RFID on the Production Line
an popping up, users started running applications with smaller memory tags, which were linked to central databases and enterprise systems.'

Though they've shrunk to cookie-sized and smaller and their cost dropped to a few dollars or less over the years, these tags are still reused hundreds of times in closed-loop applications, diluting initial implementation costs. They're typically used to track big-ticket items, such as automobile chasses and components, which also helps make them economical

ly worthwhile.

'Traditional RFID tags work almost like an extended hard drive, and users can read and write onto them all the data on the quality measures that need to be achieved,' says Alec Stuebler, Siemens Energy & Automation's business manager for factory automation sensors. 'For example, an RFID tag can help confirm that tools measuring torque during automotive assembly meet pre-defined measurements, and then allow components being assembled to move to the next step. Or a heat-resistant tag can help start a paint process, and then verify quality when it comes out of the 250 °C oven.'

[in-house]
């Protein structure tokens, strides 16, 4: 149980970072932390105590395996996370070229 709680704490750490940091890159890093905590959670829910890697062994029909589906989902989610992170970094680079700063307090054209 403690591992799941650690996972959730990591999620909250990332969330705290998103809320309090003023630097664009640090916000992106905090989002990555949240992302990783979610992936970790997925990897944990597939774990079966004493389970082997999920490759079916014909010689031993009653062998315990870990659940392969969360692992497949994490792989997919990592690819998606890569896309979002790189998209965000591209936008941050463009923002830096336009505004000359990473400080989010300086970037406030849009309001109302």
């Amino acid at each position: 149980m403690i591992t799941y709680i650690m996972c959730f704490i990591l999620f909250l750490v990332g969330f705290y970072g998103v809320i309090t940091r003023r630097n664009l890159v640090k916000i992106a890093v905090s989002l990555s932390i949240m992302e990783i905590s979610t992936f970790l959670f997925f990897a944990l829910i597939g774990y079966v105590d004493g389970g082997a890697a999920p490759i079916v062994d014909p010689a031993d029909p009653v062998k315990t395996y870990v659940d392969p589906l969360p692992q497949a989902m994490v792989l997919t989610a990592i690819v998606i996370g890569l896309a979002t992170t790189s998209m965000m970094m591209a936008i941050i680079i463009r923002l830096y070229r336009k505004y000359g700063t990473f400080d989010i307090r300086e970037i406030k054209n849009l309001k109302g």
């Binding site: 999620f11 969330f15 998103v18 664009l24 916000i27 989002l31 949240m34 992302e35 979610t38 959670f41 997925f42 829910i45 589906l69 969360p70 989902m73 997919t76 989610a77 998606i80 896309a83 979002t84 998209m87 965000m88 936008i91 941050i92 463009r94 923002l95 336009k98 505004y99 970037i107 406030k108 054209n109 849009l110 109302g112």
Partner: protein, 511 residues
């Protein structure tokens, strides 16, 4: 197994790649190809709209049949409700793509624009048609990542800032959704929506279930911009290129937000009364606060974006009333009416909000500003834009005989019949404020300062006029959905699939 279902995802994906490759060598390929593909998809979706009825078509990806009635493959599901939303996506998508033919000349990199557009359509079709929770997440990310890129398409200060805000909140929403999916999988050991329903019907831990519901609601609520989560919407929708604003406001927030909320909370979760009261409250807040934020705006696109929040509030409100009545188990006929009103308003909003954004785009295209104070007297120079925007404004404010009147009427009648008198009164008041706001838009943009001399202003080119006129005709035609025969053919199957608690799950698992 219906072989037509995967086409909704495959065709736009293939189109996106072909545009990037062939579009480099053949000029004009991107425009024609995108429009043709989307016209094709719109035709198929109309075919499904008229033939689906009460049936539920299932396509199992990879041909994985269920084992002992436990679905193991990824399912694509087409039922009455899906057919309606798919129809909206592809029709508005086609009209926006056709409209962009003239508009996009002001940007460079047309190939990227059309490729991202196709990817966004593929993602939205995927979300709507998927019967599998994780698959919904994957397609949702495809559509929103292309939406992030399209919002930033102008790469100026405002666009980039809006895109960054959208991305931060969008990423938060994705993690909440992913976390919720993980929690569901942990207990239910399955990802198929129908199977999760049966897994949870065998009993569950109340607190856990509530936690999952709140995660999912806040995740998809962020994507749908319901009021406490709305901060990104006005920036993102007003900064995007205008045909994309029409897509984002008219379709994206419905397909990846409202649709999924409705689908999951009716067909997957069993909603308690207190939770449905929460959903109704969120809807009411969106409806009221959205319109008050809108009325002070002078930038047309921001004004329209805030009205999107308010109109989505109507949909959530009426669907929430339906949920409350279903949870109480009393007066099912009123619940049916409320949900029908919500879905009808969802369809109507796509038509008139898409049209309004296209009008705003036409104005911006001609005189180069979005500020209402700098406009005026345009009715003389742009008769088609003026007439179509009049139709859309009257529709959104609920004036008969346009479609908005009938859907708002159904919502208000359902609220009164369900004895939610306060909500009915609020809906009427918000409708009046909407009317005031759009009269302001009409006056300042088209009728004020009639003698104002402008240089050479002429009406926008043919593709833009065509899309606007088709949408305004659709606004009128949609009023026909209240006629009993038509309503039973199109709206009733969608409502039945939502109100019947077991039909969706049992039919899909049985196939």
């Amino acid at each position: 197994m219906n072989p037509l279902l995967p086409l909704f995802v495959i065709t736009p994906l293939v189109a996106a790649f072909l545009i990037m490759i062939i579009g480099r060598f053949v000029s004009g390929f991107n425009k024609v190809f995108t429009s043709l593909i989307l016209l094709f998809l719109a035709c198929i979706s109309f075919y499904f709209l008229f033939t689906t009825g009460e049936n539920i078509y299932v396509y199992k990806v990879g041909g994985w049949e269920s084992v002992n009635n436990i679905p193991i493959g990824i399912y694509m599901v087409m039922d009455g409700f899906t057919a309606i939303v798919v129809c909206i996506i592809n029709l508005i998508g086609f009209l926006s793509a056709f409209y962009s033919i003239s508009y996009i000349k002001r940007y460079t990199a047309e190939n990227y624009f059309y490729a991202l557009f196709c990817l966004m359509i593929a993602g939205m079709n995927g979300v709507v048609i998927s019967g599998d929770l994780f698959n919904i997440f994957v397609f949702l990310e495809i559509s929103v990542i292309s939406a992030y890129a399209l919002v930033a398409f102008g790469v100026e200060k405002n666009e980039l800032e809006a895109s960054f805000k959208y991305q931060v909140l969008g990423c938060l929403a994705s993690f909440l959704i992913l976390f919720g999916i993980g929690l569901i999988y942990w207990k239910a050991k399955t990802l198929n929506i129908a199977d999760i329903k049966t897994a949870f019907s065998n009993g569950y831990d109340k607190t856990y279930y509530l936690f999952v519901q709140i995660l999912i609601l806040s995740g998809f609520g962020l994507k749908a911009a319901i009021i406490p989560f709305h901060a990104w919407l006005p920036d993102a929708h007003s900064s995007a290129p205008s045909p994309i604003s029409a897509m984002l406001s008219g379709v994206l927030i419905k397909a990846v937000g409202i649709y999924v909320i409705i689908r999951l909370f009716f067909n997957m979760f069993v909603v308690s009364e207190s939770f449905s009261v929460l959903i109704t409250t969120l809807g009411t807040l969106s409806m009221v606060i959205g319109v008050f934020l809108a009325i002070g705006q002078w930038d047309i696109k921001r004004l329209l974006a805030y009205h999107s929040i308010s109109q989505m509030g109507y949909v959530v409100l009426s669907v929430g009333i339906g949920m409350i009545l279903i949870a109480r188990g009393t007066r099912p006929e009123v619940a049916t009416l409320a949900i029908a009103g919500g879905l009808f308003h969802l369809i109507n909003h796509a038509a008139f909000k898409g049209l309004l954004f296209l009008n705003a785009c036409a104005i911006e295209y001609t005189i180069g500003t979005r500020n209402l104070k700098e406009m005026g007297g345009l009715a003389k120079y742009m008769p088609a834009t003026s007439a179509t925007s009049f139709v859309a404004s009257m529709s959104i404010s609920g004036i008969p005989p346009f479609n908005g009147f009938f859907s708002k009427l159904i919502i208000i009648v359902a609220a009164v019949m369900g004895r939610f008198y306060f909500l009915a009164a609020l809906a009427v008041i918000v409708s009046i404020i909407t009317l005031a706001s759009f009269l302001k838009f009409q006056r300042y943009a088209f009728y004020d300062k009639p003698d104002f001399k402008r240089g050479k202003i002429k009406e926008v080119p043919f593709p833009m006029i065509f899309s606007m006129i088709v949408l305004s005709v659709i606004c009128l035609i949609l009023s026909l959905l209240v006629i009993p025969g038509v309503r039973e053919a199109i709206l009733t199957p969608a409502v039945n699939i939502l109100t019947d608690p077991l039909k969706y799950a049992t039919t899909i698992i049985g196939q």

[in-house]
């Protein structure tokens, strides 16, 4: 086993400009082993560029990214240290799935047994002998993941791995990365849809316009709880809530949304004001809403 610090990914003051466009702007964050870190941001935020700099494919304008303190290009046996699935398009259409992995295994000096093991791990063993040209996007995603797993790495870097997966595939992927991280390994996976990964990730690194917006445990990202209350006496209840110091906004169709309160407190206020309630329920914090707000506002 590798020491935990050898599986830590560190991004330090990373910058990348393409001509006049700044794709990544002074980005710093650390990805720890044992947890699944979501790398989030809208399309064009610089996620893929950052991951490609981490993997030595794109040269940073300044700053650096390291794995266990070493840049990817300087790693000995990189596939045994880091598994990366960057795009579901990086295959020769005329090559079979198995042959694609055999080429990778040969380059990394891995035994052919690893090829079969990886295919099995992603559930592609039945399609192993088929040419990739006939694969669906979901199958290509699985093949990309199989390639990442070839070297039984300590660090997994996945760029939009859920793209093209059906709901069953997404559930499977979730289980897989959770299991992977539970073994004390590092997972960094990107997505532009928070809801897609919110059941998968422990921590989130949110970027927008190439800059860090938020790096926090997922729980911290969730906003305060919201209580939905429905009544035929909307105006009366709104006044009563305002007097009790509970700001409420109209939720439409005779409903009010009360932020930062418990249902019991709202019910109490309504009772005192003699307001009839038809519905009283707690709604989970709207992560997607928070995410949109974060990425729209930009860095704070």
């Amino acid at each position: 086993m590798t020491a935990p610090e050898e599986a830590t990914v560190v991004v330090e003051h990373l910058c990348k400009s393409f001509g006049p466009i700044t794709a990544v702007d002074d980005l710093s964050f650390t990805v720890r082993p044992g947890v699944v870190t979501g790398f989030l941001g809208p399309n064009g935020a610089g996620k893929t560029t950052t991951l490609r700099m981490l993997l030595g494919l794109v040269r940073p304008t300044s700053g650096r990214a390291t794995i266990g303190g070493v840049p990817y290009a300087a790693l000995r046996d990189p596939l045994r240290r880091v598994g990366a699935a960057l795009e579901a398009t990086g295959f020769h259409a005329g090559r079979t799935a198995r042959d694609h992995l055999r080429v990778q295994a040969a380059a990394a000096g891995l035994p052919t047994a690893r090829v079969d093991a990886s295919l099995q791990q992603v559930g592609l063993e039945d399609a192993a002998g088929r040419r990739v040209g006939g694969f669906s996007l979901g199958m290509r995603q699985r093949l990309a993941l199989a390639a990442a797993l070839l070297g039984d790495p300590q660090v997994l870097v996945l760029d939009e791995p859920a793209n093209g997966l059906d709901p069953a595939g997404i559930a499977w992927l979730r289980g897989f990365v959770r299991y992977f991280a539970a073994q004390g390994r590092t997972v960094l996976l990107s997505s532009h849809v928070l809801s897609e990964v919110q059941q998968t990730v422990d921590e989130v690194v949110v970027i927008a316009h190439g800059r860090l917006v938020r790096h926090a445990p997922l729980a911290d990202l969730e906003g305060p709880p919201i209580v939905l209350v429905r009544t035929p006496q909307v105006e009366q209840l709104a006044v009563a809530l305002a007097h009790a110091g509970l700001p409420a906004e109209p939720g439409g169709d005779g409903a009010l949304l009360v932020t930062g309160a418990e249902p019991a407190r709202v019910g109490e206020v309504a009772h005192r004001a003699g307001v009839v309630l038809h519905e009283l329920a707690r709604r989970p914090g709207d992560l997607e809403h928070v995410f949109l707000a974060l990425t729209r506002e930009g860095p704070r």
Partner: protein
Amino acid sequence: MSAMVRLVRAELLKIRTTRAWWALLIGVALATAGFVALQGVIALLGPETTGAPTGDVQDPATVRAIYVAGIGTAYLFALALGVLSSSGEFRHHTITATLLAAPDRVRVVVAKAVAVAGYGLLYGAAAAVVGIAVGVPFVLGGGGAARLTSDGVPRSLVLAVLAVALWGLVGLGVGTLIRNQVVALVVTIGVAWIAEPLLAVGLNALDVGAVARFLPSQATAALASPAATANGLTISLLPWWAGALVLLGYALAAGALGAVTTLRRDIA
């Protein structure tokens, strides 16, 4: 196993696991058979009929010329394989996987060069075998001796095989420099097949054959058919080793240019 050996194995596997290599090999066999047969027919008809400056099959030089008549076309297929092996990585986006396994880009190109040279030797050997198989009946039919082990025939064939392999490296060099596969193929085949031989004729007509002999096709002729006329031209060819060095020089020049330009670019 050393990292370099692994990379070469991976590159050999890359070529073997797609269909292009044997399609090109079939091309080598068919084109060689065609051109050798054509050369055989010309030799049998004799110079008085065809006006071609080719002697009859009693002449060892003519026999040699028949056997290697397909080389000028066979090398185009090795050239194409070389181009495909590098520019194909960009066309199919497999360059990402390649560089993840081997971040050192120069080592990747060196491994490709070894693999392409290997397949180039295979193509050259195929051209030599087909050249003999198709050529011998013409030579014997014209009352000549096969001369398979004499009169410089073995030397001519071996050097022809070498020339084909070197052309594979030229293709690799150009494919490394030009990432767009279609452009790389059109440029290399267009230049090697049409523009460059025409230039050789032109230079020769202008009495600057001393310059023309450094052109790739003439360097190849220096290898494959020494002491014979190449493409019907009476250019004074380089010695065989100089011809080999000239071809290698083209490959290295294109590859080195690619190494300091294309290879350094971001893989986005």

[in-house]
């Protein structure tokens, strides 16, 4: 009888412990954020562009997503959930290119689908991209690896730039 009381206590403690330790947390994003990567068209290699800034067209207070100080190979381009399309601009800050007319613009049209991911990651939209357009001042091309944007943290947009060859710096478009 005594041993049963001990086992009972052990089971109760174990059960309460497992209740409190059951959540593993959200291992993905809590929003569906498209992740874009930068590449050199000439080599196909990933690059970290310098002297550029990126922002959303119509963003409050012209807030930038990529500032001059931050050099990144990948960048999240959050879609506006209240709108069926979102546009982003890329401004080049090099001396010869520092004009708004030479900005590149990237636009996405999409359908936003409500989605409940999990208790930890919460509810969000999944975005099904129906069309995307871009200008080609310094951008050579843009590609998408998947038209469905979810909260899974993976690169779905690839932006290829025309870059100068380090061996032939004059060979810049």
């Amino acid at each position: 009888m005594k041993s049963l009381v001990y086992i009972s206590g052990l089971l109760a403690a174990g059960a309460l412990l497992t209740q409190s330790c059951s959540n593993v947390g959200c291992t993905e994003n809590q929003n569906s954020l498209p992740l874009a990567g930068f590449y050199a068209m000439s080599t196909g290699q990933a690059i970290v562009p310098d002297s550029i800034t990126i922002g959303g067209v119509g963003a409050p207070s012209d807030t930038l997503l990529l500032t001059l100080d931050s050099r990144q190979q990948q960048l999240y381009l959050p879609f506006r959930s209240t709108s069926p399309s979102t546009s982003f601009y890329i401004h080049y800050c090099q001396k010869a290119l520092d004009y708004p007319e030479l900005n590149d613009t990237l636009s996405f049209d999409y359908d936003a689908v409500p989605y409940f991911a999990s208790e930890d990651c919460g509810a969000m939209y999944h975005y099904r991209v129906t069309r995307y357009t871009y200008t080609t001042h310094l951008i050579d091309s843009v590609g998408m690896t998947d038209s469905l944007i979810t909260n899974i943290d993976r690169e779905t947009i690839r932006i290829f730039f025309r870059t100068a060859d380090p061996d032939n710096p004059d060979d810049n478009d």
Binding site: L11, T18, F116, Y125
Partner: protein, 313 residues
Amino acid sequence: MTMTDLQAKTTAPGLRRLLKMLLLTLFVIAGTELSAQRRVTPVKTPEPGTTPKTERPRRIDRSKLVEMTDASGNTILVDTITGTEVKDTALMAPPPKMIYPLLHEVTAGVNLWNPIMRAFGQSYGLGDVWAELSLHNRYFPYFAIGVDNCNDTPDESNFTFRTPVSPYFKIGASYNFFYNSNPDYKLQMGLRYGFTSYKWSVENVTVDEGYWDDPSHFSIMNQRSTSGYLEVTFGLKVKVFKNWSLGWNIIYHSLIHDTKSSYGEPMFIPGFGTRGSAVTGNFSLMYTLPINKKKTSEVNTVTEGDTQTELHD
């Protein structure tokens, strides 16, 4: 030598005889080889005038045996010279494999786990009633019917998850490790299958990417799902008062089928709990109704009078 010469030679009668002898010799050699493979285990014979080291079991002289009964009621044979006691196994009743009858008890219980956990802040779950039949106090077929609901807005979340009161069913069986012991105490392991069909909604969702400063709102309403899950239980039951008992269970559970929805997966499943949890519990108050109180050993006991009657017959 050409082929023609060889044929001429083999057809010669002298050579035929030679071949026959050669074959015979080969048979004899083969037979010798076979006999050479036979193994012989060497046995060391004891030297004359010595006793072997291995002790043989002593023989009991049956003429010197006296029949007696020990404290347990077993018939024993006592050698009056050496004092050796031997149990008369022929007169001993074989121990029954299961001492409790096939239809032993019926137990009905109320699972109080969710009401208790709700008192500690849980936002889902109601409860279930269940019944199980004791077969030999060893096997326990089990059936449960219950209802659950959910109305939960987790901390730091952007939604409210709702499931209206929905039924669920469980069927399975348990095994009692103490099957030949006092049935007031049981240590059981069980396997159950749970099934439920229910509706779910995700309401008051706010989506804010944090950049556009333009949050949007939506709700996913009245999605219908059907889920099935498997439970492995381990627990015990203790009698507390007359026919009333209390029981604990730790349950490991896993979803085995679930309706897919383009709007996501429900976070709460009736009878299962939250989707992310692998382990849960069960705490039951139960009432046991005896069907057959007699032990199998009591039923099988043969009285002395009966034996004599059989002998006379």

Steubler adds that read ranges for RFID tags can vary from 2 mm for flush-mounted tags in tooling applications to 2.4 GHz tags that can read at 300 meters. Memory sizes can range from 96-112 bytes up to 64 Kbytes, though more memory may require added power, such as a battery, to keep that memory active and accessible.

RFID systems usually operate at three main frequencies: low frequency, which is below 1 MHz; high frequency, which is the 13.56-MHz universal frequency required worldwide for scientific instrumentation; and ultra-high frequency (UHF), which is over 800 Mhz. UHF allows longer range and is less costly, though it reportedly has some interference issues.

Siemens plans to introduce its Simatic RF 600 and Simatic RF 300 products in August 2005. Reportedly able to achieve a 3-5 m read range, these 900-MHz systems will include RFID tags, readers, antennas, and software.